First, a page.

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High court grants injunction to prevent ‘fire and rehire’

By February 17, 2022Employment

‘Fire and rehire’ has been a prevalent subject in employment law during the Covid-19 pandemic and since ACAS issued updated guidance in November 2021.

‘Fire and rehire’ involves employers dismissing staff and offering to re-employ them on different, usually less advantageous terms and conditions. In short, ACAS’ recent guidance confirms that all other options should be explored before ‘fire and rehire’ is considered.

A recent case considered by the High Court – USDAW and ors v Tesco Stores Ltd – resulted in an injunction being granted to restrain Tesco from ‘firing and rehiring’ employees in order to remove a contractual entitlement to enhanced pay.


The enhancement to enhanced pay was negotiated as a retention incentive at a time when Tesco was reorganising its distribution centres, which involved closures and relocation. USDAW, which is recognised by Tesco for collective bargaining, negotiated ‘Retained Pay’ between 2007 and 2009, which became an individual contract entitlement. Retained Pay was offered so that Tesco avoided losing all of its existing employees through redundancy and paying out lump sum redundancy payments, and as an incentive for staff to relocate.

The contractual reward package was given a monetary value and at the time, was communicated to the affected employees as being in place ‘for as long as they were employed in their current role’. It was also confirmed that Retained Pay could not be negotiated away and would increase each year in line with any general pay rise. In 2010, a collective agreement confirmed that Retained Pay for be a ‘permanent feature’ of an individual’s contractual entitlement, and could only be changed upon promotion, through mutual consent, or in the case of an employee-requested change to working patterns.

In January 2021, Tesco formally announced its intention to remove Retained Pay. The affected employees were offered a lump sum payment of 18 months’ Retained Pay in advance, in exchange for them giving up their entitlement. The employees were informed that if this was not agreed, they would be dismissed and offered new terms which did not include Retained Pay.

USDAW applied to the High Court for a declaration that the affected employees’ contracts were subject to an implied term preventing Tesco from exercising its contractual right to terminate their employment for the purpose of removing or decreasing the employee’s right to Retained Pay. USAW also sought an injunction to stop Tesco from terminating the affected contracts.


The High Court granted the relief sought on both points. The Court looked at the intentions of the contracting parties and construed that ‘permanent’ meant ‘for as long as the relevant employee is employed by Tesco in the same substantive role’. The Court implied a term constraining the right to terminate on notice, due to the ‘extreme’ facts of the case, and on the basis of business efficiency/obviousness. It was concluded that without this term, individual employees’ entitlement to Retained Pay would not be permanent (as outlined above) and as such, the contract would lack practical coherence.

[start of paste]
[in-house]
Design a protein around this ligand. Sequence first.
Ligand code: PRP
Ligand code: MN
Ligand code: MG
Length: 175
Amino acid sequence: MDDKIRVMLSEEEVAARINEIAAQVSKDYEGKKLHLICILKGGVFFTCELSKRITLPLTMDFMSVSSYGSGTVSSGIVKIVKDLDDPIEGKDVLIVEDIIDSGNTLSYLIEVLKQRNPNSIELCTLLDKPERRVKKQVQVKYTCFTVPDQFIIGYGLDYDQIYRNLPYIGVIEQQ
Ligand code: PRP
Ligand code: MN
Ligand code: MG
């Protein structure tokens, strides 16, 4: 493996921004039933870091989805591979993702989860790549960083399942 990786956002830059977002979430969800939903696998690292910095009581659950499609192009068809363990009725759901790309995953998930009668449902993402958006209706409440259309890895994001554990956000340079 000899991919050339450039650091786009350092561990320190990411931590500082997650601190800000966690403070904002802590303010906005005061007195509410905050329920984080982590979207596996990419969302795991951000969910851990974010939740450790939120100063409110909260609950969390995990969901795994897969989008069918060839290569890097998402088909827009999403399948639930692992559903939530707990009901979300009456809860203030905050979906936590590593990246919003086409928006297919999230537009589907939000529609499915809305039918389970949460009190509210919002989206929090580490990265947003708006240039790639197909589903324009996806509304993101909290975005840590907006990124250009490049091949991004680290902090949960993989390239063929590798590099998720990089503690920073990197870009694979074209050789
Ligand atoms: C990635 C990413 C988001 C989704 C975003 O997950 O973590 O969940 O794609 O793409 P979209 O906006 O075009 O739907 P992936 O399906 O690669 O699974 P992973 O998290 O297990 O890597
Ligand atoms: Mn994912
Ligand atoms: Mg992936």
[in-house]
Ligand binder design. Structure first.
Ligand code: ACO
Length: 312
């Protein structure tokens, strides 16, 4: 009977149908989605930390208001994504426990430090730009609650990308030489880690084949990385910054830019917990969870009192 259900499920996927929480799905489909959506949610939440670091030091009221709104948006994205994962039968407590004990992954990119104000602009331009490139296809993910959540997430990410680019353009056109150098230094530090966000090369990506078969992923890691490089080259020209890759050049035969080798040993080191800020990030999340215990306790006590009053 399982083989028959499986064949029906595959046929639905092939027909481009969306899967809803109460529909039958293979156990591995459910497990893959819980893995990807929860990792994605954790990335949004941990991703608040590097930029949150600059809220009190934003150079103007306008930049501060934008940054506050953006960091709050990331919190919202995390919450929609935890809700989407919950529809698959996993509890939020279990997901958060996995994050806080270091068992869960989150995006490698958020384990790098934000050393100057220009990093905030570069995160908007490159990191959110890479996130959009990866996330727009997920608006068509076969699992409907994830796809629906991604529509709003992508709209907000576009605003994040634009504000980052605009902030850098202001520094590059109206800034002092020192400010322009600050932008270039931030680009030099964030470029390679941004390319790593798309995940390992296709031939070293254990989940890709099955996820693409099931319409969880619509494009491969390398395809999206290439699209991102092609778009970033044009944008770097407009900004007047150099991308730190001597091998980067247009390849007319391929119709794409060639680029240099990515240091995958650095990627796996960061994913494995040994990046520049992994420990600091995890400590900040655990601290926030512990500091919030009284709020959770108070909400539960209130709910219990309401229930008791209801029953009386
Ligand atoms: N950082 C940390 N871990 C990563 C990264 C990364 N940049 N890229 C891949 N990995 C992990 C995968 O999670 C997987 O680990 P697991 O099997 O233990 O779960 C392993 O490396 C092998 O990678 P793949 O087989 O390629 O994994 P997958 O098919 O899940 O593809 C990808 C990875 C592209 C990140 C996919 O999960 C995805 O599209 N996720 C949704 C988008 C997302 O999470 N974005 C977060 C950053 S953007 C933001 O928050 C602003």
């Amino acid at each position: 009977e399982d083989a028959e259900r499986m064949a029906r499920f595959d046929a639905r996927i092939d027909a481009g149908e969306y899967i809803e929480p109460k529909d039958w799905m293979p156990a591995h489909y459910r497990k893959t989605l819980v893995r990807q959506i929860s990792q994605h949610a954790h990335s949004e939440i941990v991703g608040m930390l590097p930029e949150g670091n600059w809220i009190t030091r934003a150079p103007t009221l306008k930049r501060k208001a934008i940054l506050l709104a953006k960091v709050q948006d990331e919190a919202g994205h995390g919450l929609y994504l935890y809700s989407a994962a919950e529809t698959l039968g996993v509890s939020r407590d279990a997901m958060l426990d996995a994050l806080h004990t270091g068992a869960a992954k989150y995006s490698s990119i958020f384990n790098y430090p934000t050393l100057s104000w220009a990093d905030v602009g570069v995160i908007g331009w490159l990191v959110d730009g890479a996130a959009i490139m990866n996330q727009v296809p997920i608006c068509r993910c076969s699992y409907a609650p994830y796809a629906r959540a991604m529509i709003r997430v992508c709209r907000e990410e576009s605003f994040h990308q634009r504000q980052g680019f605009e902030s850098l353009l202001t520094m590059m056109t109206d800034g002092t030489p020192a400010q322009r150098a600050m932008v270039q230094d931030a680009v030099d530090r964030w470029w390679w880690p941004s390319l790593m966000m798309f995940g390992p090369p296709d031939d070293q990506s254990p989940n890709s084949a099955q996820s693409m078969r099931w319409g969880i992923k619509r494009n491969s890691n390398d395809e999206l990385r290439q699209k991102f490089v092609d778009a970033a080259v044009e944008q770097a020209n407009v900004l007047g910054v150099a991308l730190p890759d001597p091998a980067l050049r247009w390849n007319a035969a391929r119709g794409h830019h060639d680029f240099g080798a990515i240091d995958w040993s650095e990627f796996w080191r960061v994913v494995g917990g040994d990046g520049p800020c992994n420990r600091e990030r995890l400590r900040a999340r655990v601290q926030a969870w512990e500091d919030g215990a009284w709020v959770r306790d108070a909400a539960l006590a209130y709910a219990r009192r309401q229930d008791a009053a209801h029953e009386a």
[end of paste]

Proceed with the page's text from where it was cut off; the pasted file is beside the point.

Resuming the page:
However, the Court did emphasise that this did not prohibit Tesco from terminating an affected employee’s contract for a good cause, for example in a genuine redundancy situation of if they committed gross misconduct, even if this resulted in the employee’s entitlement to Retained Pay ceasing.

The Court also decided to grant the injunctive relief to restrain Tesco from giving the notice to terminate the contract of an affected employee (contrary to the implied term) and from otherwise withdrawing or diminishing, or causing the withdrawal or diminution of, the Retained Pay, other than in accordance with the express entitlement. When providing its reasoning, the Court held that Tesco’s intention to terminate and re-engage would operate to remove a significant proportion of remuneration currently payable to affected employees, causing significant harm to their legal rights. For this reason, it was concluded that damages would not be an adequate remedy, especially as the remedy would be limited to the losses recoverable in a claim for unfair dismissal.

This case demonstrates the difficulties that employers may face when attempting to use, or threatening to use, fire, and rehire as a negotiating tool when trying to change employees’ terms and conditions. If an employer is considering using fire and rehire, legal advice should be sought as there is a serious risk of employment tribunal claims arising, and other practical considerations that employers should be aware of.

Other options that employers might consider before resorting to fire and rehire are as follows:-

  • Fully consulting with staff, sharing relevant information, and taking employees’ views on board;
  • Offering incentives in exchange for employees agreeing to unpopular proposals. This could be a financial incentive, but could also include provisions such as additional leave;
  • Considering whether changes can be implemented gradually or temporarily;
  • Considering other ways to achieve the desired aims.

If you have any queries about changing an employee’s terms and conditions, please do not hesitate to contact Gemma Wilson on 0161 833 5689 or

Gemma Wilson

Author Gemma Wilson

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